Congress imposed upon the judges of the court themselves the duty to assign cases under the Civil Rights Act of 1964. It has indicated a preference to have the case heard by a judge and has authorized the appointment of a master to hear such a case only when a particular judge has determined that that specific case cannot be heard within 120 days after issue has been joined.507 F.2d at 1380. Now Title VII cases filed in this district are immediately assigned to judges, just like other civil cases. See N.D.Ill. General Rules 2.00-2.23. Ordinarily the assigned judge is responsible for the case until it is resolved by trial or otherwise.
Not all districts follow this practice and Title VII cases may need special handling in such districts. However § 706(f)(4) only demands that a judge be designated immediately; it does not require that the judge so designated hear and determine the case immediately. A judge was designated to hear and determine this case when it was filed. When that judge determined that the case could not be scheduled for trial within 120 days, he referred it to a magistrate. Neither Title VII nor the Seventh Circuit decision in Flowers requires more.
III. Constitutionality of the Reference
Morse argues that even if the applicable statutes permit this case to be referred to a magistrate without her consent, such a reference would be unconstitutional. First, Morse contends that trial by a magistrate of a civil case committed by Congress to an Article III court over the objection of a party would violate Article III, which provides:
The judicial Power of the United States, shall be vested in one supreme Court, and in such inferior Courts as the Congress may from time to time ordain and establish. The Judges, both of the supreme and inferior Courts, shall hold their Offices during good Behaviour, and shall, at stated Times, receive for their Services, a Compensation, which shall not be diminished during their Continuance in Office.
U.S. Const. Art. III, § 1. Magistrates do not have the protections constitutionally afforded to Article III judges. For example, full-time magistrates serve for eight-year terms and may be removed for "incompetency, misconduct, neglect of duty or physical or mental disability." 28 U.S.C. § 631; see, e.g., Geras v. Lafayette Display Fixtures, Inc., 742 F.2d 1037, 1039 n. 1 (7th Cir. 1984). Morse claims that the reference of this case to a magistrate violates Article III by calling for a non-Article III judicial officer to exercise the judicial power of the United States. See id.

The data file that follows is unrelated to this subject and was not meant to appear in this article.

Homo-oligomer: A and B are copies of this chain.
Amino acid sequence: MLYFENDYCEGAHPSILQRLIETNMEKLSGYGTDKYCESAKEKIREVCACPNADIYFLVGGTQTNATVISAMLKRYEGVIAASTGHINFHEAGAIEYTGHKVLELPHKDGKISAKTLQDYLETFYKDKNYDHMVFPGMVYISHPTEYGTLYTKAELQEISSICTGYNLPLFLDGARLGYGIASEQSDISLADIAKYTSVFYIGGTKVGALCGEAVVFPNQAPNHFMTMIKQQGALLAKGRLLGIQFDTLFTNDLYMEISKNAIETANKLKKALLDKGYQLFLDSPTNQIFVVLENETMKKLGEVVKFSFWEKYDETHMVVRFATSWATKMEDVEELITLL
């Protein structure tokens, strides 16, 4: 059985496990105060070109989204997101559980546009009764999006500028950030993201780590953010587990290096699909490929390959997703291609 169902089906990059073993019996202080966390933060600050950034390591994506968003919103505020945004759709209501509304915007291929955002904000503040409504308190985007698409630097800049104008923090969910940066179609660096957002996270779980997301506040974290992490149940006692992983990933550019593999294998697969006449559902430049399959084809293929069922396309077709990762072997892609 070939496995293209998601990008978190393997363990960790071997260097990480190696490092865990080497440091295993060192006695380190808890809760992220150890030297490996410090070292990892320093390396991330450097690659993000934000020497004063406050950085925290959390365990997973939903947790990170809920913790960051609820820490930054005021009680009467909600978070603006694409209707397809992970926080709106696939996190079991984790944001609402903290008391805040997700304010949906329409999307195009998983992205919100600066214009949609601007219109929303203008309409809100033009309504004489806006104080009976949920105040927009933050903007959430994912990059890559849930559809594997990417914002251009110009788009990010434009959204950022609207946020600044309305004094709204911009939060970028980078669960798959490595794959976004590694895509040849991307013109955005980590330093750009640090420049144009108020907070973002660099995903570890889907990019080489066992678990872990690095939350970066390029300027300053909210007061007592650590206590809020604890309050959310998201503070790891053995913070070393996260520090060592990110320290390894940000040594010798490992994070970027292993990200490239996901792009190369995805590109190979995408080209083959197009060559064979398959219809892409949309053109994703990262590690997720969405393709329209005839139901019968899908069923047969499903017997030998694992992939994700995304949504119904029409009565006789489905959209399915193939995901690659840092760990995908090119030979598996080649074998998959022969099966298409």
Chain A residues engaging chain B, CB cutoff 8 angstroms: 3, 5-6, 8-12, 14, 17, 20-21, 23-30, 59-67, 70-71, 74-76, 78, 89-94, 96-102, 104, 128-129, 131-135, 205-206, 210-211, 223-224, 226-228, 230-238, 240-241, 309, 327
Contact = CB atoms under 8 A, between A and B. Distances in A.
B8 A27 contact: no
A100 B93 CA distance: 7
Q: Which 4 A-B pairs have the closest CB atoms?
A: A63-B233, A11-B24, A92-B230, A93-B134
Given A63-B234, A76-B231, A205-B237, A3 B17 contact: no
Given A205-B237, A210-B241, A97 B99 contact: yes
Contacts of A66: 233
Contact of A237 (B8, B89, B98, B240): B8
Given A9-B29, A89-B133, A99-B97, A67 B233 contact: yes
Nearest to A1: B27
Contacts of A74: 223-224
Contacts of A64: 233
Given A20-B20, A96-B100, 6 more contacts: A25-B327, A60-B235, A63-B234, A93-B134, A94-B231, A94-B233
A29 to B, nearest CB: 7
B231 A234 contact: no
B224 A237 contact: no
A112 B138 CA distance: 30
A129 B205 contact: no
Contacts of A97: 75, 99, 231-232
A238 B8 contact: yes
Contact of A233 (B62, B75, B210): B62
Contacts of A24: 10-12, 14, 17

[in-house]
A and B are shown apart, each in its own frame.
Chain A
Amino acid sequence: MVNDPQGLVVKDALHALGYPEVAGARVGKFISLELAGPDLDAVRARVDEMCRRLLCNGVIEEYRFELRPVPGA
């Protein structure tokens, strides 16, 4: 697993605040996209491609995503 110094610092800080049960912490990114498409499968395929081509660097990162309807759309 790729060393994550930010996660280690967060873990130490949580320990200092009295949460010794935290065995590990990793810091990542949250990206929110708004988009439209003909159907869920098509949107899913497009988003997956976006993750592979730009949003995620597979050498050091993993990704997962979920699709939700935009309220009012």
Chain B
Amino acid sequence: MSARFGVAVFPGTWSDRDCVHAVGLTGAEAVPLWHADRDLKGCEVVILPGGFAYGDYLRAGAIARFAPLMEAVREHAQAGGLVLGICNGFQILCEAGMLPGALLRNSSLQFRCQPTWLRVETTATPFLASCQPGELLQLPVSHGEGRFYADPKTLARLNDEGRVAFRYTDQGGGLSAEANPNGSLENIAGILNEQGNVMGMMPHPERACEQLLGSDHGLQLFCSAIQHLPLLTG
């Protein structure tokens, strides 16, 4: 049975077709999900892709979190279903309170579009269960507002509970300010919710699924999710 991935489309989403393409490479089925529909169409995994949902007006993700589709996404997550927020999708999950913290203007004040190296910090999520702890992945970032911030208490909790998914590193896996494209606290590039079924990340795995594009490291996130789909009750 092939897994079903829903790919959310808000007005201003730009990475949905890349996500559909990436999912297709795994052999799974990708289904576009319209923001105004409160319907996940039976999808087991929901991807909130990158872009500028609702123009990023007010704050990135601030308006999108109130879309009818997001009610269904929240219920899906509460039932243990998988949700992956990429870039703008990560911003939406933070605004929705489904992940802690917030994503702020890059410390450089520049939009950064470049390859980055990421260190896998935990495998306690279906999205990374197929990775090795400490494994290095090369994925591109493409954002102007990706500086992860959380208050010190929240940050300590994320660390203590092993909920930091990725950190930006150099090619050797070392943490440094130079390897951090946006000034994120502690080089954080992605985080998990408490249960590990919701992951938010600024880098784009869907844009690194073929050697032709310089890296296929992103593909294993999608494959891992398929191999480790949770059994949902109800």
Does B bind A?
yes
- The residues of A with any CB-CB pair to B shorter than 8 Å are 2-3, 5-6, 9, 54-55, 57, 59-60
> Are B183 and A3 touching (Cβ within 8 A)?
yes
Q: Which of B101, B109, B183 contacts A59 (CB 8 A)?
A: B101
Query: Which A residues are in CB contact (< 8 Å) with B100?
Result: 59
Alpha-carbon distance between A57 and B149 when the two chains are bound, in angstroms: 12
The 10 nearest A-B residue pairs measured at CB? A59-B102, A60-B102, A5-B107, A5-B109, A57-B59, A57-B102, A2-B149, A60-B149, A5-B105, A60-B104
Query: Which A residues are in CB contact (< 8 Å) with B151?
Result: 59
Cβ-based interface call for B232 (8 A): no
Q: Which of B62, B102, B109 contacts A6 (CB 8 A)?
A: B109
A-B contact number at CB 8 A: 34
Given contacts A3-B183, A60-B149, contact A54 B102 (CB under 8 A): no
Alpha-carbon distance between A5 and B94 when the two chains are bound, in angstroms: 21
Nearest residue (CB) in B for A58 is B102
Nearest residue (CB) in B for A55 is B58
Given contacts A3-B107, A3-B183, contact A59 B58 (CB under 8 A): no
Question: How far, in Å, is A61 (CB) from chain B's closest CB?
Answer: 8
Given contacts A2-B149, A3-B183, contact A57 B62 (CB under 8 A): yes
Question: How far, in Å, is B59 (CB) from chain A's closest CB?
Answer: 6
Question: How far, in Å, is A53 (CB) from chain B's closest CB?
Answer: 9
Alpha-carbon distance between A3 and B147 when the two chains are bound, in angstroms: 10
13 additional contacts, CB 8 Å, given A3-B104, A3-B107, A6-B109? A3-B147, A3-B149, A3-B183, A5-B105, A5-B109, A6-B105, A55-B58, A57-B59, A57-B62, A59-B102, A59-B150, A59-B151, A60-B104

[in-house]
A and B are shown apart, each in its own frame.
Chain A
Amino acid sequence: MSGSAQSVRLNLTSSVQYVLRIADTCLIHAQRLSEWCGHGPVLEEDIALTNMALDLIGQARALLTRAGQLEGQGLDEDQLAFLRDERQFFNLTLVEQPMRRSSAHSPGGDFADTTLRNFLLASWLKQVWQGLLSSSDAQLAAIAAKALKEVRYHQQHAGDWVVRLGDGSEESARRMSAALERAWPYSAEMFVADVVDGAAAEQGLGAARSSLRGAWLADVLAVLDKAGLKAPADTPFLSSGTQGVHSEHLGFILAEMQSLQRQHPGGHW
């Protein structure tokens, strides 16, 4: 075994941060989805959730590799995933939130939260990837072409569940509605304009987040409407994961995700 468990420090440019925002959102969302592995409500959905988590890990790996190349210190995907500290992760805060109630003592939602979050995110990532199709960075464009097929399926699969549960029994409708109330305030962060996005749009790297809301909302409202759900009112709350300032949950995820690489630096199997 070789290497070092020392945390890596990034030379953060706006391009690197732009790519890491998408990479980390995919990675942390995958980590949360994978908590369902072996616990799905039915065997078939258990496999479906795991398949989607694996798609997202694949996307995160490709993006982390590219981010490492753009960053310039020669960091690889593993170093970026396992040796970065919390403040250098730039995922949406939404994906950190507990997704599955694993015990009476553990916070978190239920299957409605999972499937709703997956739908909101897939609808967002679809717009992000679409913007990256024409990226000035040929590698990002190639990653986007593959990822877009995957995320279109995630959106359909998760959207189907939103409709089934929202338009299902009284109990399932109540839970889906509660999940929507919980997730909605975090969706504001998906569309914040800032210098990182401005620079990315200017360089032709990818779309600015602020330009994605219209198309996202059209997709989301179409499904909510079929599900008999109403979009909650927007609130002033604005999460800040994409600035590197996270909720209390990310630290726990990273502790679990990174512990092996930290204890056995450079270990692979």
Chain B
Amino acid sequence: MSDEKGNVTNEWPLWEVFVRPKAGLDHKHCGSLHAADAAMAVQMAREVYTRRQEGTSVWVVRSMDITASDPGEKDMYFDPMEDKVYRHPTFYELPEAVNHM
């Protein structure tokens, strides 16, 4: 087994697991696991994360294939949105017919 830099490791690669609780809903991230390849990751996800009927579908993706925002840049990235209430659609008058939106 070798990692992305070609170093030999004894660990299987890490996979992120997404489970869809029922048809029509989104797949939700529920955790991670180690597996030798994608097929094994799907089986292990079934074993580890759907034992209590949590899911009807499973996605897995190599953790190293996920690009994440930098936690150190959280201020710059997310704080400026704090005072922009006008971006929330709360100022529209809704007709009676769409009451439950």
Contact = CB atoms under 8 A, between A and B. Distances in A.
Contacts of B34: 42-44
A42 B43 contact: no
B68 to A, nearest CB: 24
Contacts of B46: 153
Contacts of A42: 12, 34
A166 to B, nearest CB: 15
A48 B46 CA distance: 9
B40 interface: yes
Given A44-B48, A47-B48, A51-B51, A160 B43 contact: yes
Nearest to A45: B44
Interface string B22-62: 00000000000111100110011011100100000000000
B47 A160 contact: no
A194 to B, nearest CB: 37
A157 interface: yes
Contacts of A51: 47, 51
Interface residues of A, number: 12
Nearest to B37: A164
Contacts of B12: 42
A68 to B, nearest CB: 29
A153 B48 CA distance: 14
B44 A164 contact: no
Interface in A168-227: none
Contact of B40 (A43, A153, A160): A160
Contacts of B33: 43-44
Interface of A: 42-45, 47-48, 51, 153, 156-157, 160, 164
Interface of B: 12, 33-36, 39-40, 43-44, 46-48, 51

In Geras, the Seventh Circuit upheld the district court's reference of a diversity tort case to a magistrate for trial under 28 U.S.C. § 636(c) against Article III challenge. The Seventh Circuit described the issue as
whether the magistrates, in exercising the powers granted to them in [§ 636(c)], are performing the functions of federal judges. . . . [I]f they are acting as judges, then the provision is unconstitutional. If, however, they are in fact acting as "adjuncts" and are not exercising the federal judicial power, then [§ 636(c)] is constitutional.742 F.2d at 1040 (footnote omitted). See Northern Pipeline Constr. Co. v. Marathon Pipe Line Co., 458 U.S. 50, 102 S.Ct. 2858, 73 L.Ed.2d 598 (1982).
According to the majority opinion, "the most troubling aspect of the magistrate system with respect to its status as a mere adjunct of the district court is the fact that the magistrate can order entry of final judgment." 742 F.2d at 1043. Nevertheless the court upheld § 636(c) largely because the magistrate's power to enter final judgment depended on the consent of the parties. Conversely, Morse contends, reference to a magistrate without her consent violates Article III. See also Muhich v. Allen, 603 F.2d 1247, 1252 (7th Cir. 1979) (consensual reference of a 42 U.S.C. § 1983 case to a magistrate for trial permissible under 28 U.S.C. § 636(b)(3)).
However, Morse's reliance on Geras is misplaced. That case involved a reference under § 636(c). This case was referred to a magistrate under the more limited provisions of § 636(b)(2). Rather than conduct a trial and enter final judgment, the magistrate is to prepare findings of fact and recommendations of law as a master. The question is whether Article III permits a judge to appoint a master to prepare findings of fact and recommendations of law without Morse's consent, not whether the magistrate can conduct a trial and enter final judgment.